The 2020 trainees include (top row) Sidney Baudendistel, Adithya Gopinath, Franjo Ivankovic, (bottom row) Noelle Jacobsen, Francesca Lopez and Doug Miller.
August 3, 2020
A T32 training program that prepares University of Florida Ph.D. students for research careers in movement disorders has received five-year funding renewal from the National Institute of Neurological Disorders and Stroke.
The UF Predoctoral Interdisciplinary Training in Movement Disorders and Neurorestoration program trains doctoral students to become independent researchers whose work will lead to new treatments for Parkinson’s disease, dystonia, tremor and ataxia.
“We have broadened the diverse training that students experience by granting them training to other areas of movement disorders and neuroscience that they would not receive in their own Ph.D. program,” said David Vaillancourt, Ph.D., a professor of applied physiology and kinesiology at the College of Health and Human Performance, and one of the directors of the program along with Dawn Bowers, Ph.D., a professor of clinical and health psychology in the College of Public Health and Health Professions. Both are members of UF’s McKnight Brain Institute.
The program is designed to give trainees a solid foundation in research methodology and data presentation and increase interaction between trainees from clinical and basic science backgrounds.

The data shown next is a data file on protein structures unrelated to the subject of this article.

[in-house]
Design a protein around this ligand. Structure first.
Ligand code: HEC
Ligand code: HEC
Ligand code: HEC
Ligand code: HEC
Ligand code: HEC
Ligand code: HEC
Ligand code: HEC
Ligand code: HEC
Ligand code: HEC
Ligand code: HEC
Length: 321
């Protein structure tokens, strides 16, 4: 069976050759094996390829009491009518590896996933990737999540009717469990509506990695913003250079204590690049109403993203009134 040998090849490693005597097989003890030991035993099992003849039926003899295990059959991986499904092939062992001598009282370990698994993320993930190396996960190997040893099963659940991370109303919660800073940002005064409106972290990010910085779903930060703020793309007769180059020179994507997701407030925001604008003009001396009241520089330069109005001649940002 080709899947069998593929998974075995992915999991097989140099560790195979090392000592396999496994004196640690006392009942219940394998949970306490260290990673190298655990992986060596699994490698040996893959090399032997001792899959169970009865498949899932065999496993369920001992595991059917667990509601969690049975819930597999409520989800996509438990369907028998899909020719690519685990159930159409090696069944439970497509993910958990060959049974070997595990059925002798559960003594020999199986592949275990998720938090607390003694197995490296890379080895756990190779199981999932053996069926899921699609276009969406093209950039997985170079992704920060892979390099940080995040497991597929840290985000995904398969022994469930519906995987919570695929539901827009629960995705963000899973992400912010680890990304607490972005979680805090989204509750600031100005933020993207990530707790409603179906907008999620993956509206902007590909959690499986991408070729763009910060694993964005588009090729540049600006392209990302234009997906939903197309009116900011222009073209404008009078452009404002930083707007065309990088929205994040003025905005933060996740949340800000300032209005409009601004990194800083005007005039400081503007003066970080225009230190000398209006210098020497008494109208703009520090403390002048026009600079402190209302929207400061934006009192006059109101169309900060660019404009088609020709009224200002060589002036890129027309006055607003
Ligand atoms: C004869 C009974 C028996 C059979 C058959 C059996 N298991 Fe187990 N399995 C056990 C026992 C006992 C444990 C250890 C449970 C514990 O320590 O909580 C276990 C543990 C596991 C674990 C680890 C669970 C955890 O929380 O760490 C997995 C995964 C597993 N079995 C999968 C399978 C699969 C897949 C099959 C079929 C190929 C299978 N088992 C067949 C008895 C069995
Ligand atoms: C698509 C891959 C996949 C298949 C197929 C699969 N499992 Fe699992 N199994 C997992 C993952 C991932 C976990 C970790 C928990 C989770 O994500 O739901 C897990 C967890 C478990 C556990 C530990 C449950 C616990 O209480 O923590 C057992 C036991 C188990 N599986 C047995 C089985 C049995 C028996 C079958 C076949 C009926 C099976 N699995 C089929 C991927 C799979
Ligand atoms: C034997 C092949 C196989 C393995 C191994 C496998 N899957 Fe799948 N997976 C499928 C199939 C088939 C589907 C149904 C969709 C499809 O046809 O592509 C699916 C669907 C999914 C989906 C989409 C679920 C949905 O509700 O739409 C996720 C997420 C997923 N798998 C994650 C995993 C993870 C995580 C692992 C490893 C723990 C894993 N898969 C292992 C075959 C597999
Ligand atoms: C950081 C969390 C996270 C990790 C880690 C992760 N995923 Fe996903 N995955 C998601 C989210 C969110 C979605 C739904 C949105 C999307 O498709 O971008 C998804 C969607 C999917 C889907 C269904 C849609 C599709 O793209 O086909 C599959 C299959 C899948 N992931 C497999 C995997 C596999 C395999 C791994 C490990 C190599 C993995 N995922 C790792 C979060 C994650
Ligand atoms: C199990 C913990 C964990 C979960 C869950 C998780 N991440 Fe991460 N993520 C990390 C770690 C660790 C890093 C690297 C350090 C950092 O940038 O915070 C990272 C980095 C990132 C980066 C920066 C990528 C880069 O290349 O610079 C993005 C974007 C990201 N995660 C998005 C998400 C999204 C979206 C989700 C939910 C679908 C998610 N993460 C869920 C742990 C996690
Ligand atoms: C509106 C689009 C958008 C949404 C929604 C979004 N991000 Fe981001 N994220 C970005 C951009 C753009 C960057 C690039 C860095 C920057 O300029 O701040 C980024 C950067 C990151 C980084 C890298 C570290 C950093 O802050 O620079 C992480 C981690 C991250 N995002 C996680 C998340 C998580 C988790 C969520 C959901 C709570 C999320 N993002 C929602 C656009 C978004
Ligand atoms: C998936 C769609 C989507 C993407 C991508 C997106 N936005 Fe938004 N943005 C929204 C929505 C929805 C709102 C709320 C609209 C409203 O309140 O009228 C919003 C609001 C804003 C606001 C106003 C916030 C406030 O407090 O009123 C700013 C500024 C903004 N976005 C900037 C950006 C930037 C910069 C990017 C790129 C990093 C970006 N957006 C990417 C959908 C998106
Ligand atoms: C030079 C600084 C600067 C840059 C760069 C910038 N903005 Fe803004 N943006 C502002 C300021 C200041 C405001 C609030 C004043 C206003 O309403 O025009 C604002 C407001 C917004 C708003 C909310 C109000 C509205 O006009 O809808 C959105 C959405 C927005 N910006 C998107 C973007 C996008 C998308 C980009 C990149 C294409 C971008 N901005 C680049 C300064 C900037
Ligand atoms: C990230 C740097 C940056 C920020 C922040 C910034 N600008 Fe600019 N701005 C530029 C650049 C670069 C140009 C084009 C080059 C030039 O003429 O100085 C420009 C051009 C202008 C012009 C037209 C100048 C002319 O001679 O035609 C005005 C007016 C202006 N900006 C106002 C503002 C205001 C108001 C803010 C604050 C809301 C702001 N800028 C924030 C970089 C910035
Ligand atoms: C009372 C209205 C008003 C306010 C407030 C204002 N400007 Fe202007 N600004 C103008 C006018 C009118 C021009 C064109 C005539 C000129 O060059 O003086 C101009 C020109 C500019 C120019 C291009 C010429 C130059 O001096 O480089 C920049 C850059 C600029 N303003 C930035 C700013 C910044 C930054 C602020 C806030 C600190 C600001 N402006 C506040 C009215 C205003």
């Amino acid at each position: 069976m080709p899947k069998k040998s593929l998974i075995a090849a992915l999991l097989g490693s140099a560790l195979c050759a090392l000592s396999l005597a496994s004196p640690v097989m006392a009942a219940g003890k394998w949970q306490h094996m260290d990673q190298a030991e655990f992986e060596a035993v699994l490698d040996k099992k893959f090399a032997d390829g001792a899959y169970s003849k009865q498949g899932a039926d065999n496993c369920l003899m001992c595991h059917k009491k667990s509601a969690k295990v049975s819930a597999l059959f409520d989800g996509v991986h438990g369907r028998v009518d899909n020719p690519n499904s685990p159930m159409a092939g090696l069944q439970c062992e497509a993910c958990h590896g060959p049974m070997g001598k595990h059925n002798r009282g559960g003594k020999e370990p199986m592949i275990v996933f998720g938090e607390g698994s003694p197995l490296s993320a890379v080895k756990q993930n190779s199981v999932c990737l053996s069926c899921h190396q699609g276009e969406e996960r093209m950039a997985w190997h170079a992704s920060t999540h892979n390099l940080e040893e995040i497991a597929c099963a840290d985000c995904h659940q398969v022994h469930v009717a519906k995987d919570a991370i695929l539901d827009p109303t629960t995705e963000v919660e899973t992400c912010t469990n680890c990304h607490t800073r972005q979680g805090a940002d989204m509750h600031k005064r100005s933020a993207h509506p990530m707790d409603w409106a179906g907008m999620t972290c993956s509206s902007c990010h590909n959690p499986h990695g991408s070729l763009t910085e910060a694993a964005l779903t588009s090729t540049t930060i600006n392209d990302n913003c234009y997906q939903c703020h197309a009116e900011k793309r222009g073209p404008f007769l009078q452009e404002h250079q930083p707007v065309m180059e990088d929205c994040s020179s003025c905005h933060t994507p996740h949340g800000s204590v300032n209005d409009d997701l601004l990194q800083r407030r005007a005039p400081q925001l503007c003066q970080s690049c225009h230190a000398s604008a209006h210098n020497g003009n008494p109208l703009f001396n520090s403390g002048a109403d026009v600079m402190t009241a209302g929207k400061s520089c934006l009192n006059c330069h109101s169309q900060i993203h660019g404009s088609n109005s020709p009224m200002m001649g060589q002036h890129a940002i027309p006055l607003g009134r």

“My inclusion on the T32 has been nothing short of transformative,” said former trainee Joe Lebowitz, a recent Ph.D. in neuroscience graduate who is currently conducting a postdoctoral fellowship at the University of Oregon. “The ability to interface with clinicians and peers working in translational and clinical neuroscience has helped me better contextualize and design in vitro and ex vivo basic research experiments.”
The training program has added key features with renewal, including increasing the number of trainee spots from four to six; adding Zhigang Li, Ph.D., an associate professor in the UF department of biostatistics, to the team; and offering advanced training in skills development and rigor and reproducibility.
“Over the past five years, our trainees have represented vibrant, diverse students with unique and varying approaches to research in movement disorders — genetic, molecular and translational,” Bowers said. “Based on their feedback, we have more than met the key training emphasis of our unique program, namely, contextualizing their research and setting the stage for team science moving forward.”